Wednesday, December 31, 2008

Ursula K. LeGuin Responds

12/31/2008--Readers of this blog are aware of the role the science fiction classic The Dispossessed plays in the book I recently finished, For the Establishment of Religion. I used one scene from that book to illustrate the relationship of institutional religion to the broader reach of religion that I argue government may establish. One of the characters in the book states that religion is the profoundest relationship a human being can have to the cosmos. My point was that government may perfectly well promote that kind of relationship, but may not promote any particular religion.

I wrote to the author, Ms. LeGuin alerting her to my borrowing and she graciously responded. She objected mildly to the use I was making of her character. She wondered why government would be involved and feared for the wall of separation. She noted that belief is often the enemy of mystery, which is perhaps why she was loose in her treatment of religion in the novel.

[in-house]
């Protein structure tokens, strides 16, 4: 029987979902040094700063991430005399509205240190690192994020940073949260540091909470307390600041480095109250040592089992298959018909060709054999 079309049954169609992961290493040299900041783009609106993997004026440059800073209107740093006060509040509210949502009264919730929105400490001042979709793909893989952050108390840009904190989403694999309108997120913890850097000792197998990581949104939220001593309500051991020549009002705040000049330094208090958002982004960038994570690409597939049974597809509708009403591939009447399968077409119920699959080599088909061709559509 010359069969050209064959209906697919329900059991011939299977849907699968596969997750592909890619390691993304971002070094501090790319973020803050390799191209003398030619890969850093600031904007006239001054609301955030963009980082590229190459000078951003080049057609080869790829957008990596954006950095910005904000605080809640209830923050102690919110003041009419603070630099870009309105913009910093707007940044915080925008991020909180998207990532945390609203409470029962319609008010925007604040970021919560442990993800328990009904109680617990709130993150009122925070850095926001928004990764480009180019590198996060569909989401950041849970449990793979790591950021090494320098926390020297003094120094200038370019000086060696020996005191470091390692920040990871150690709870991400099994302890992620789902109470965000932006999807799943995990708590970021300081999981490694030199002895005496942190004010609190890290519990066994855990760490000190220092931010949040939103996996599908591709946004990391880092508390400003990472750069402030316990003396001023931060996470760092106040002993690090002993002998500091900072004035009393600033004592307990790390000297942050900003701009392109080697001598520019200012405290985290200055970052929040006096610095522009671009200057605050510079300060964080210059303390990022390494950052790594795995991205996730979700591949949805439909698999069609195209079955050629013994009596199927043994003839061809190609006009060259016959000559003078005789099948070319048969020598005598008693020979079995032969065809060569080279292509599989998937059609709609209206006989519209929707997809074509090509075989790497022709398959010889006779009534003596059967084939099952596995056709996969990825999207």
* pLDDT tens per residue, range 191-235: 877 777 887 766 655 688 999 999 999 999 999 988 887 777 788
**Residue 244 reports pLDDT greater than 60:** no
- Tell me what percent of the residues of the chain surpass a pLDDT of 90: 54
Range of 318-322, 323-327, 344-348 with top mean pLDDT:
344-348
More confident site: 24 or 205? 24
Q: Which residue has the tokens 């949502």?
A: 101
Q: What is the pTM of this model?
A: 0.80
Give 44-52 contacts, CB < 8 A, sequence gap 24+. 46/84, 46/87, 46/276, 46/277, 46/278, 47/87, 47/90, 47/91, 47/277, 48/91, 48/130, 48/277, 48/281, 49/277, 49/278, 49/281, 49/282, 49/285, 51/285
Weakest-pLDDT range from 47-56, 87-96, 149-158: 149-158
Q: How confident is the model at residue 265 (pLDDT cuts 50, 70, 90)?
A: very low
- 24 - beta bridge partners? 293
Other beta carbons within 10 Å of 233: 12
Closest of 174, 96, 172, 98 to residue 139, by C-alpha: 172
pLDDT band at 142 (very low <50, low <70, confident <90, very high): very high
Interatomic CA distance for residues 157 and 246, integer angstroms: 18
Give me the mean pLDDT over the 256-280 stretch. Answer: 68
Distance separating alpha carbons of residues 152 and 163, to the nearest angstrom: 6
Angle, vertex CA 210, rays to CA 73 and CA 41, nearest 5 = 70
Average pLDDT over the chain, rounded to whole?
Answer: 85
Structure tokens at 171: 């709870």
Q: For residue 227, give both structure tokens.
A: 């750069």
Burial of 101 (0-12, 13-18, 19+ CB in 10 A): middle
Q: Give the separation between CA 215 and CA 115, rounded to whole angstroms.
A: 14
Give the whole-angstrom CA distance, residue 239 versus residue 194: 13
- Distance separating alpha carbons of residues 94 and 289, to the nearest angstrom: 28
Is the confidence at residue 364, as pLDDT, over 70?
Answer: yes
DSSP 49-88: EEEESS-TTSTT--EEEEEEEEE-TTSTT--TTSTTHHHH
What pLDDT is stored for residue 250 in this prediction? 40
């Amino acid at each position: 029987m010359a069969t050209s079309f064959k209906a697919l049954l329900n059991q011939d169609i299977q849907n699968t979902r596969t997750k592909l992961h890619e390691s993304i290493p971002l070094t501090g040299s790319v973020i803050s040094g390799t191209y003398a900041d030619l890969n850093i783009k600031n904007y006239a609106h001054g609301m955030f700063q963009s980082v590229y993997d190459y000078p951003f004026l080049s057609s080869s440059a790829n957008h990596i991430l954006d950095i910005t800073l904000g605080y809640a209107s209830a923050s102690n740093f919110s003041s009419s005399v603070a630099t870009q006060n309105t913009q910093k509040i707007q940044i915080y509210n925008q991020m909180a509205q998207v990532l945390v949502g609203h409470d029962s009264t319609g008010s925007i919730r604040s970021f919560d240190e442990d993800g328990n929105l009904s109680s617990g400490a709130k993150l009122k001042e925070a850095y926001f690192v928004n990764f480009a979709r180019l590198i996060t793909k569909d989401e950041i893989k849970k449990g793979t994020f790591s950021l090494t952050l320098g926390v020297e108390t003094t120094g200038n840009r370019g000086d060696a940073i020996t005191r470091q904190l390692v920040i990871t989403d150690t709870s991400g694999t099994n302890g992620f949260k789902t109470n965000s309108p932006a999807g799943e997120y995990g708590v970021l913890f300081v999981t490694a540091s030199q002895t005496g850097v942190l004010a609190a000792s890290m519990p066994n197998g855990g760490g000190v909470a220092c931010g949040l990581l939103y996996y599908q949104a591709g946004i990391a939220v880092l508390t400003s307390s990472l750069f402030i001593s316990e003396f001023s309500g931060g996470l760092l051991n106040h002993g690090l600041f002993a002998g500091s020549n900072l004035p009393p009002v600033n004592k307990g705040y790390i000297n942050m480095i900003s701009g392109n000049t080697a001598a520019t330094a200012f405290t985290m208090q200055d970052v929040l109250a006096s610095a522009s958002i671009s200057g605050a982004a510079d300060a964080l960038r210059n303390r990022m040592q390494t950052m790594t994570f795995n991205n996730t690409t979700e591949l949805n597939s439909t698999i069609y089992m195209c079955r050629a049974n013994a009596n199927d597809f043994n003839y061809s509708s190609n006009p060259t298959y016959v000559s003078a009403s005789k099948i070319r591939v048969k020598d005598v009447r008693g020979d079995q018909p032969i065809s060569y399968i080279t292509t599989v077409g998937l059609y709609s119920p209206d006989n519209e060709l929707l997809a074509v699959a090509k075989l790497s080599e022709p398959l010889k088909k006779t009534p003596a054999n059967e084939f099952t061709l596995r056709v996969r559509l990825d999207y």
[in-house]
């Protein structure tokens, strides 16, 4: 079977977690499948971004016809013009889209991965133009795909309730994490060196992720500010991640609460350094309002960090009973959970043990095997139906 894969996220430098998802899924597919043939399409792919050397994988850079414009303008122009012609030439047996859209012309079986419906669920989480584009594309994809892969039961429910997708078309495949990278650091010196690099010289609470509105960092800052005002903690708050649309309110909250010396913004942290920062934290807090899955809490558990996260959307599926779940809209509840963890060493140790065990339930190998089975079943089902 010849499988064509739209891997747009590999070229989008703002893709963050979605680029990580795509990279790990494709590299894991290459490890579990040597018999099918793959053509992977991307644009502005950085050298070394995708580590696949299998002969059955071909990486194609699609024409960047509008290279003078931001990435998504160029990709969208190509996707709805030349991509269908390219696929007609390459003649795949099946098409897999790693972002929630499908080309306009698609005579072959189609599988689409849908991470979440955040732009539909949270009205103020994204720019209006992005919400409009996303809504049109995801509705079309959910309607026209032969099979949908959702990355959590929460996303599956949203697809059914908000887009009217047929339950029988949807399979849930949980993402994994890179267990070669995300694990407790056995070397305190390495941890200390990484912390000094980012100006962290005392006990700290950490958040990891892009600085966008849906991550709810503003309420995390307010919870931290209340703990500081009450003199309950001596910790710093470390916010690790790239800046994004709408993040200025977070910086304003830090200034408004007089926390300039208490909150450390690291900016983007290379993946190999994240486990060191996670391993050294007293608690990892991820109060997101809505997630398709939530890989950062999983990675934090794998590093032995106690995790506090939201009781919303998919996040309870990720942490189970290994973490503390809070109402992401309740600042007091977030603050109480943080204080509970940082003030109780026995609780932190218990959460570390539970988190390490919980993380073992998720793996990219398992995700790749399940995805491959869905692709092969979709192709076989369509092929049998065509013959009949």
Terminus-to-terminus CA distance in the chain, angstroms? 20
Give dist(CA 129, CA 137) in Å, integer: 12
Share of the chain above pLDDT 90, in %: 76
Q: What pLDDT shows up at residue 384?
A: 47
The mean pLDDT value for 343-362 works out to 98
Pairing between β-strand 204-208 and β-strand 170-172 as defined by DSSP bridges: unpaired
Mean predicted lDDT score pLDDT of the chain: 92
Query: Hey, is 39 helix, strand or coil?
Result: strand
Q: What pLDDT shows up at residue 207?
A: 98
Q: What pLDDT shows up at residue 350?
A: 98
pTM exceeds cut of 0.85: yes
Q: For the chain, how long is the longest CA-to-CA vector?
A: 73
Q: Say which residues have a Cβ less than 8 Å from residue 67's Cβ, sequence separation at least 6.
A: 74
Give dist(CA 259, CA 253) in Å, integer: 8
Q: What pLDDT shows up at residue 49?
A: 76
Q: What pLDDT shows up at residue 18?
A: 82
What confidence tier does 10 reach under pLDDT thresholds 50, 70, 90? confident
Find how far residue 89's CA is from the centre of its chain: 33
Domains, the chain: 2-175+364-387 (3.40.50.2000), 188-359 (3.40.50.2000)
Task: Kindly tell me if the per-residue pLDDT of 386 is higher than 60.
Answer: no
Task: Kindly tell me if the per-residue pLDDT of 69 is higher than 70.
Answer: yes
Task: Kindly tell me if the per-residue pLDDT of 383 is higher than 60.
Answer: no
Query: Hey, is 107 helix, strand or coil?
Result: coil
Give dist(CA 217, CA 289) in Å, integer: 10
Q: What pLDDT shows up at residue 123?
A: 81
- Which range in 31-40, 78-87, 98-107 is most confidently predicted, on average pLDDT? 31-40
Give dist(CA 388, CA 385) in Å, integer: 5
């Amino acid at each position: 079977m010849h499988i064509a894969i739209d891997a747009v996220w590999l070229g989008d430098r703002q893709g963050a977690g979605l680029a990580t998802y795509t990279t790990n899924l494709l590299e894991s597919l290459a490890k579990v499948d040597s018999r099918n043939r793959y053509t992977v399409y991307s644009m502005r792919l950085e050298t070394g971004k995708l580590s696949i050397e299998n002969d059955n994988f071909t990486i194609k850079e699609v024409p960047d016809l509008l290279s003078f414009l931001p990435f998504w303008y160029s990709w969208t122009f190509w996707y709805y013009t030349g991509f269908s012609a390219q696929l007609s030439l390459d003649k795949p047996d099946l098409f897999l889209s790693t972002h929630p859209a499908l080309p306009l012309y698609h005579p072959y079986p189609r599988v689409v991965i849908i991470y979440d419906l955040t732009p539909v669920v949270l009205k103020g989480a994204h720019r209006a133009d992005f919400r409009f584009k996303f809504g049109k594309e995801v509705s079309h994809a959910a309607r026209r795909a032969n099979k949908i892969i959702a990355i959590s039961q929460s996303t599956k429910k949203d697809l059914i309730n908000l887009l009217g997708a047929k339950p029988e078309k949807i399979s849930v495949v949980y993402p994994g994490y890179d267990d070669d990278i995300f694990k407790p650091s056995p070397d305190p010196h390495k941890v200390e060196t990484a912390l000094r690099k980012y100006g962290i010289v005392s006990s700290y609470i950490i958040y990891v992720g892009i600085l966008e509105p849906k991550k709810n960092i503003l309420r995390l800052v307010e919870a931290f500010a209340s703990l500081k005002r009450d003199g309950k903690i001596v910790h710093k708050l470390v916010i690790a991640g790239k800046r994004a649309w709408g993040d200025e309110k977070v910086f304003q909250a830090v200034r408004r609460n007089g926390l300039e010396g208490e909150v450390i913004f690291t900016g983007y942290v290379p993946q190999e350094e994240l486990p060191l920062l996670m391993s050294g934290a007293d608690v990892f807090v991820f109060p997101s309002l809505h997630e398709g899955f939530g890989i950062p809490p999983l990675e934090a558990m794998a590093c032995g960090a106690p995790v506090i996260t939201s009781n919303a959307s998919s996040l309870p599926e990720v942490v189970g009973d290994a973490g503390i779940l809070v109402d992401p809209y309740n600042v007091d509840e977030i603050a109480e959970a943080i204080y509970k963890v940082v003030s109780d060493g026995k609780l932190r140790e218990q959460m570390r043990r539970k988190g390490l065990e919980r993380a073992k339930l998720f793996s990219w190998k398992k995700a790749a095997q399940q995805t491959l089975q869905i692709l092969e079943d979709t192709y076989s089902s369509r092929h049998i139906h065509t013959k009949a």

Let me respond to Ms. LeGuin here so as not to become tedious to her. Government in our system is a source of cultural values. That is not so true in her book, which deals with a society without formal governing structures. But even in her anarchist setting, social pressure does the same job of setting the cultural context, which is one of the points of the book.

In our society, secularism is rapidly growing. The question is, what kind of secularism will it be? I want government to promote the objectivity of values and to oppose materialism, post-modern humanism and nihilism. I believe these latter worldviews are becoming a kind of default position for many. This is not a matter of doctrine or mystery, but of approaches to reality. Government may promote a healthy culture just as it may promote a healthy physical infrastructure.

A happy and healthy new year to my readers.

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